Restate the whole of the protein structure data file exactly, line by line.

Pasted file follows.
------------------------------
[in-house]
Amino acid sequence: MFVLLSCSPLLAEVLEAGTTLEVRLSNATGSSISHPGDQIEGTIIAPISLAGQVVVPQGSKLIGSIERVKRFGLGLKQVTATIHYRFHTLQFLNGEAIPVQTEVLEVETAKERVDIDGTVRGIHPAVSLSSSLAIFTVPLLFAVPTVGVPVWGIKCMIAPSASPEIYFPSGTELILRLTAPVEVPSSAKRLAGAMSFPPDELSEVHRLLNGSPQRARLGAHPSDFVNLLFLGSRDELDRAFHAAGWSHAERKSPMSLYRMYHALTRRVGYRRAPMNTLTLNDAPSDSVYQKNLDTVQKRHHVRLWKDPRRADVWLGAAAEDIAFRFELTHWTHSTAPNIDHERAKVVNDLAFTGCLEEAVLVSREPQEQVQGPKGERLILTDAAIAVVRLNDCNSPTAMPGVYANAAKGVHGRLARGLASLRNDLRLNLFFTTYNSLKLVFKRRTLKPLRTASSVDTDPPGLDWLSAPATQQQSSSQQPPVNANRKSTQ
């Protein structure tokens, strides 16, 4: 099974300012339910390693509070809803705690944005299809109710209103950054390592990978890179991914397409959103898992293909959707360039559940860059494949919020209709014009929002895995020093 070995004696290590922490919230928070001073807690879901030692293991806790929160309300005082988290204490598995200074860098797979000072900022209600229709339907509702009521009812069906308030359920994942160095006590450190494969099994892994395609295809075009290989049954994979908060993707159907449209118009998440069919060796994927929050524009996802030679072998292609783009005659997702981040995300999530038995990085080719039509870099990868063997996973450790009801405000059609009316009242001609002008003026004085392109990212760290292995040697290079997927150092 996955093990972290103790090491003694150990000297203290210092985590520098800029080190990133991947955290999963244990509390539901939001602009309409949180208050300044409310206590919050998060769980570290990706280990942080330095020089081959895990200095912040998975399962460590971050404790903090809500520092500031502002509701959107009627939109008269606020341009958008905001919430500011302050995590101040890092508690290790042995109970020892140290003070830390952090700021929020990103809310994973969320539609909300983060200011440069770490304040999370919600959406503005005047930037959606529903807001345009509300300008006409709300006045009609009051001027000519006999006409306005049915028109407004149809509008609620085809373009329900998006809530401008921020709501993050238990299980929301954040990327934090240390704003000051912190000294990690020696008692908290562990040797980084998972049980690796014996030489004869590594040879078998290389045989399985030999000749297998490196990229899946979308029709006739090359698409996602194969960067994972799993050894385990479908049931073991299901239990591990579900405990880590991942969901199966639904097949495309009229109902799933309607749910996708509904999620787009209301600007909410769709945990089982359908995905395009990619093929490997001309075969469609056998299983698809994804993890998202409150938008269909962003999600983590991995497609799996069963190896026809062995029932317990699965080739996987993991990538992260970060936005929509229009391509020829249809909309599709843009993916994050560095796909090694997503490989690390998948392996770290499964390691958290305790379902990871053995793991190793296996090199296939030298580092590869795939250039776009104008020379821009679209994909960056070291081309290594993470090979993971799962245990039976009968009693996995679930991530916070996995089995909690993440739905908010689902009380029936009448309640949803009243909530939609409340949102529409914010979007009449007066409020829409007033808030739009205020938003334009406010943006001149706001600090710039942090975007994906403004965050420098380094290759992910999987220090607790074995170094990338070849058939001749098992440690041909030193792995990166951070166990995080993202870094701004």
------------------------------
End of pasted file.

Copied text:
[in-house]
Amino acid sequence: MFVLLSCSPLLAEVLEAGTTLEVRLSNATGSSISHPGDQIEGTIIAPISLAGQVVVPQGSKLIGSIERVKRFGLGLKQVTATIHYRFHTLQFLNGEAIPVQTEVLEVETAKERVDIDGTVRGIHPAVSLSSSLAIFTVPLLFAVPTVGVPVWGIKCMIAPSASPEIYFPSGTELILRLTAPVEVPSSAKRLAGAMSFPPDELSEVHRLLNGSPQRARLGAHPSDFVNLLFLGSRDELDRAFHAAGWSHAERKSPMSLYRMYHALTRRVGYRRAPMNTLTLNDAPSDSVYQKNLDTVQKRHHVRLWKDPRRADVWLGAAAEDIAFRFELTHWTHSTAPNIDHERAKVVNDLAFTGCLEEAVLVSREPQEQVQGPKGERLILTDAAIAVVRLNDCNSPTAMPGVYANAAKGVHGRLARGLASLRNDLRLNLFFTTYNSLKLVFKRRTLKPLRTASSVDTDPPGLDWLSAPATQQQSSSQQPPVNANRKSTQ
């Protein structure tokens, strides 16, 4: 099974300012339910390693509070809803705690944005299809109710209103950054390592990978890179991914397409959103898992293909959707360039559940860059494949919020209709014009929002895995020093 070995004696290590922490919230928070001073807690879901030692293991806790929160309300005082988290204490598995200074860098797979000072900022209600229709339907509702009521009812069906308030359920994942160095006590450190494969099994892994395609295809075009290989049954994979908060993707159907449209118009998440069919060796994927929050524009996802030679072998292609783009005659997702981040995300999530038995990085080719039509870099990868063997996973450790009801405000059609009316009242001609002008003026004085392109990212760290292995040697290079997927150092 996955093990972290103790090491003694150990000297203290210092985590520098800029080190990133991947955290999963244990509390539901939001602009309409949180208050300044409310206590919050998060769980570290990706280990942080330095020089081959895990200095912040998975399962460590971050404790903090809500520092500031502002509701959107009627939109008269606020341009958008905001919430500011302050995590101040890092508690290790042995109970020892140290003070830390952090700021929020990103809310994973969320539609909300983060200011440069770490304040999370919600959406503005005047930037959606529903807001345009509300300008006409709300006045009609009051001027000519006999006409306005049915028109407004149809509008609620085809373009329900998006809530401008921020709501993050238990299980929301954040990327934090240390704003000051912190000294990690020696008692908290562990040797980084998972049980690796014996030489004869590594040879078998290389045989399985030999000749297998490196990229899946979308029709006739090359698409996602194969960067994972799993050894385990479908049931073991299901239990591990579900405990880590991942969901199966639904097949495309009229109902799933309607749910996708509904999620787009209301600007909410769709945990089982359908995905395009990619093929490997001309075969469609056998299983698809994804993890998202409150938008269909962003999600983590991995497609799996069963190896026809062995029932317990699965080739996987993991990538992260970060936005929509229009391509020829249809909309599709843009993916994050560095796909090694997503490989690390998948392996770290499964390691958290305790379902990871053995793991190793296996090199296939030298580092590869795939250039776009104008020379821009679209994909960056070291081309290594993470090979993971799962245990039976009968009693996995679930991530916070996995089995909690993440739905908010689902009380029936009448309640949803009243909530939609409340949102529409914010979007009449007066409020829409007033808030739009205020938003334009406010943006001149706001600090710039942090975007994906403004965050420098380094290759992910999987220090607790074995170094990338070849058939001749098992440690041909030193792995990166951070166990995080993202870094701004």